Glass Eels: Little Eels Worth Big Money!
America is the land of plenty. We have plenty of food, there are also plenty of food choices. Back in the 1975 the average American supermarket had nearly 9,000 different items that you could choose to purchase. After all, the number of choices is why it’s called a “Super” market. By 2008, American tastes had driven the number of choices to over 46,000. America loves having choices. But that doesn’t mean that if something is popular somewhere else in the world that Americans will be interested in it. Take, for example, a delicacy that is prized in Europe, eels. Unless you like sushi, American’s rarely eat eels. Yet Eels are still becoming big business in the US. Let’s learn a bit about eels, and what they mean to our economy and the environment!
What's the Issue?
Eels are long, thin, fin-less fish. They are true fish, but they resemble snakes more than fish. There are over 800 species of eels, some of which are found in the sea and some of which live in freshwater. The world largest market for eels is Japan, which consumes over 70% of the eels caught world-wide. Eel are not only caught in the wild, but for centuries have been commercially farmed. As with many other species, eels have been so overfished that more and more of the world’s catch is coming from aquaculture rather than nature.
Since Japan is the world’s largest market for eels, it’s not surprising that it is the Japanese eel that is under the greatest pressure from over-fishing. For years, the Japanese have looked for ways to increase the number eels to match the demand. First it was aquaculture. Since the 1950’s, Japan has increasingly turned to aquaculture to make up for the growth in demand. Until the last few years, Japan… with a bit of help from eel farms… had plenty of eels. But then a few other things happened.
The expanding demand for eels from other Asian countries (especially China) led to increasing pressure on European eels, which were the substitute eels of choice in Japan. However, the 1970’s the European eel has been in decline since 1970, mostly from over-fishing. Then, the native Japanese eel was declare endangered. At the same time, Japan’s big tsunami in 2011, the one that destroyed the Fukushima Daiichi nuclear power station, has raised questions about the radiation level of local seafood, including eels.
What are your priorities?
What is the best way to protect endangered species?
Finding New Sources:
All of these issues have intensified the search for a new source of eels. Today, the hot item is Asia is the American eel. Very similar in size, shape and taste to the Japanese eel, is rapidly became the replacement of choice. As other eel sources became protected, exhausted or tainted with the possibility of irradiation from Fukushima, the American eel became the overnight eel of choice. Like many other fish that are currently endangered, and may next face extinction, the growing demand for the eels that remain are distorting the price, driving it to new heights.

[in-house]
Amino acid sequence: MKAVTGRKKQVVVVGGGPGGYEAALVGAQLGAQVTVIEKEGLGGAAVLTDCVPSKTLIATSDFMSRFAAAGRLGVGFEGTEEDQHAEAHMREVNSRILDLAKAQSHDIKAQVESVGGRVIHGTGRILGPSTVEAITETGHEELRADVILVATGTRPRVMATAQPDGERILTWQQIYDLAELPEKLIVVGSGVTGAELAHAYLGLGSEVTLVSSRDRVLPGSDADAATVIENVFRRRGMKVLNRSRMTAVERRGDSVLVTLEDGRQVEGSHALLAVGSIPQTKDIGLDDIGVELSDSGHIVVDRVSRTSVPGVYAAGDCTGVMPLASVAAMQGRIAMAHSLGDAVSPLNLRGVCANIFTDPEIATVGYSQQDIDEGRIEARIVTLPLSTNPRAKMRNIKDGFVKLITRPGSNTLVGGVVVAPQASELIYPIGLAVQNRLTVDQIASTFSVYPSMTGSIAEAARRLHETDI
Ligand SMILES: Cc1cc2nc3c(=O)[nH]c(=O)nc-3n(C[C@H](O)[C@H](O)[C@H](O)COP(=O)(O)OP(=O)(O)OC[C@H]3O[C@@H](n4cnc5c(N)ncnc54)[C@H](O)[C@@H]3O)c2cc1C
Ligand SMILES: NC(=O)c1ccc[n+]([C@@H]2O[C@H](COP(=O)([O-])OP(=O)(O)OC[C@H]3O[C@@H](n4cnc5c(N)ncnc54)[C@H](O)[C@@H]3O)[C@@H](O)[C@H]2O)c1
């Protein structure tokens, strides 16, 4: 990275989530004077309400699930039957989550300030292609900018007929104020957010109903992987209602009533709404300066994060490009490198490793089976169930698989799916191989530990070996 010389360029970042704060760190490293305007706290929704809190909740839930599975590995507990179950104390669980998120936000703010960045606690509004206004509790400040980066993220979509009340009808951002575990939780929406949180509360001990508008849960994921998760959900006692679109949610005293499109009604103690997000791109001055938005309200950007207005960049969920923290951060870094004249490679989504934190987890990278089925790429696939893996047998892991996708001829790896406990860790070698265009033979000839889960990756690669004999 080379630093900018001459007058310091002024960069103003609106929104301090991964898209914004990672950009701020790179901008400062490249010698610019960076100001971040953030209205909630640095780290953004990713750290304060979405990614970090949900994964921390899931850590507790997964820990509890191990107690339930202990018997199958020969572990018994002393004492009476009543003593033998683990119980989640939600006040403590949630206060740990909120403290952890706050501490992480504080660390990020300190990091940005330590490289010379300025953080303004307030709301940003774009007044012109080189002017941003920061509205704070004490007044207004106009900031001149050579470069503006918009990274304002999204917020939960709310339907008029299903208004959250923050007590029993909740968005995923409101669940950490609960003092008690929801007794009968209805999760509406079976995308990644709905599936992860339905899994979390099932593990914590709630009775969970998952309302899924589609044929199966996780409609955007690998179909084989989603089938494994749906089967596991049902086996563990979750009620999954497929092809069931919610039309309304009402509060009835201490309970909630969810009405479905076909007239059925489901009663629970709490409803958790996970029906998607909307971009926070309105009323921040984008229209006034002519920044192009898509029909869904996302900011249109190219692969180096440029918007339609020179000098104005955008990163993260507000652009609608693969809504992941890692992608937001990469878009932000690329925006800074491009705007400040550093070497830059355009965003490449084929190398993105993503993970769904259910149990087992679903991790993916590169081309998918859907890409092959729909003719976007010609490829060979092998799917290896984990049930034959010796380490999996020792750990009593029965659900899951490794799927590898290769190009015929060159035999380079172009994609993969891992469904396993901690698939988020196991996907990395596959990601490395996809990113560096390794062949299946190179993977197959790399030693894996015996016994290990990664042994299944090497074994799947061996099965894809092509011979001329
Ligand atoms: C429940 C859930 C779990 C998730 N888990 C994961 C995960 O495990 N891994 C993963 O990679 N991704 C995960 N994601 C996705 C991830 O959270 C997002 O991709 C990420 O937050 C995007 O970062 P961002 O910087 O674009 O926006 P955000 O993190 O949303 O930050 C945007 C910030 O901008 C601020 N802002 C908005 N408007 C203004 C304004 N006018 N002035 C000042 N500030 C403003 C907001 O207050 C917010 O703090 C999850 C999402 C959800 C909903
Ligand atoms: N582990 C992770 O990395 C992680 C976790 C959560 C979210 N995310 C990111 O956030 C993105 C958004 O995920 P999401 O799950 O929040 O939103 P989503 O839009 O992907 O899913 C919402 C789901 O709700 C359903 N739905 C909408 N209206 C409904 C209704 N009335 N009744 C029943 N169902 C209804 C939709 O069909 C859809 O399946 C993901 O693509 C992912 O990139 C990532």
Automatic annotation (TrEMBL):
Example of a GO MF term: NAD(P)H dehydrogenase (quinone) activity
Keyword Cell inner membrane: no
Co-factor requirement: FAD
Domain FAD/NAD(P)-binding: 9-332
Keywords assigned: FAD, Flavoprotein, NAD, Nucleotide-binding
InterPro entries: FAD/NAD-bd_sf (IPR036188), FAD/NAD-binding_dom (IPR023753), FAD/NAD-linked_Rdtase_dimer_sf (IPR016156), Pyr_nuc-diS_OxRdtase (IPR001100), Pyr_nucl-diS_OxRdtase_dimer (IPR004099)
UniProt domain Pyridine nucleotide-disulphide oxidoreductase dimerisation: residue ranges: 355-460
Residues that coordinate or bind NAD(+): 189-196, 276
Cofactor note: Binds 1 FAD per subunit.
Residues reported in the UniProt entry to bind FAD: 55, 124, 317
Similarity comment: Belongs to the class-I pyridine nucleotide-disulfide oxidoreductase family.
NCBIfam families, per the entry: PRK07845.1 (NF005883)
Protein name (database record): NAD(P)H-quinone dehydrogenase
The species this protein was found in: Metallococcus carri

In 2002, a kilogram of eel in Japan cost about 1,000 Yen, but by 2013 the cost rose to nearly $4,000 yen. But the real price escalation has been happening with the baby eels that are needed for aquaculture. These baby eels, called glass eels or elvers, are found and fished in New England, especially in Maine.
Glass eels were once consumed as a cheap food, but now are far more valuable to eel farmers in China. In 2001, a pound of glass eels cost just $24.14. In 2005 the price rose to $346.66. In 2012 the price hit its highest price ever, at over $2,000 a pound. Needless to say, poaching in Maine has become rampant. Little eels turn into big gold in Maine these days! Eel fishers in Maine may bring in $100,000 in a single night.
An Industry in Eels?
But that was just the start. Even at these highly inflated prices, each glass eel costs the farmer around $1 each. That eel, is then grown to a sellable size, 3 pound or more. These eels are then sold at $8 to $12 per pound. As expensive as glass eels have become, the same eels are worth 30 times when they leave China as when they arrive. Today the US glass eel market is small, just $40 million a year. But that market is driving over a billion dollars in world-wide sales.
If Japan is to have enough eel for their next summer festivals, much more conservation is needed. Just as the European and Japanese eels have been overfished, the American eel is going to be next. Eel fishing in New England is regulated, but the sky-high prices for baby eels has started a rising tide of poaching that is only going to get worse over time.
Japan will continue to demand the majority of the year’s catch. And China is becoming a growing customer for eels, and a competitor to Japan. For the short run at least, the price will continue to rise and the availability of eels will fall. Before the average American even become aware that there is a domestic market in eels, they may already be gone.
The Eel Harvest
While people have been eating eels since the beginning of time, we know very little about them. We know that during their lives they go from rivers, to lakes, to the oceans, and back again. We also know that if we don’t do something soon, their own popularity will drive them into extinction soon, perhaps even sooner than their European and Japanese cousins.
We need to find ways to protect the species we have. Not just to protect an emerging industry, but to make sure that we leave something for the next generation. Eels are not at the top of America’s environmental issue list, but we have more control over this issue than most. This is our golden opportunity to help fix the oceans. We just need to decide if we want the gold more than we want the eels. At least, that’s my Niccolls worth.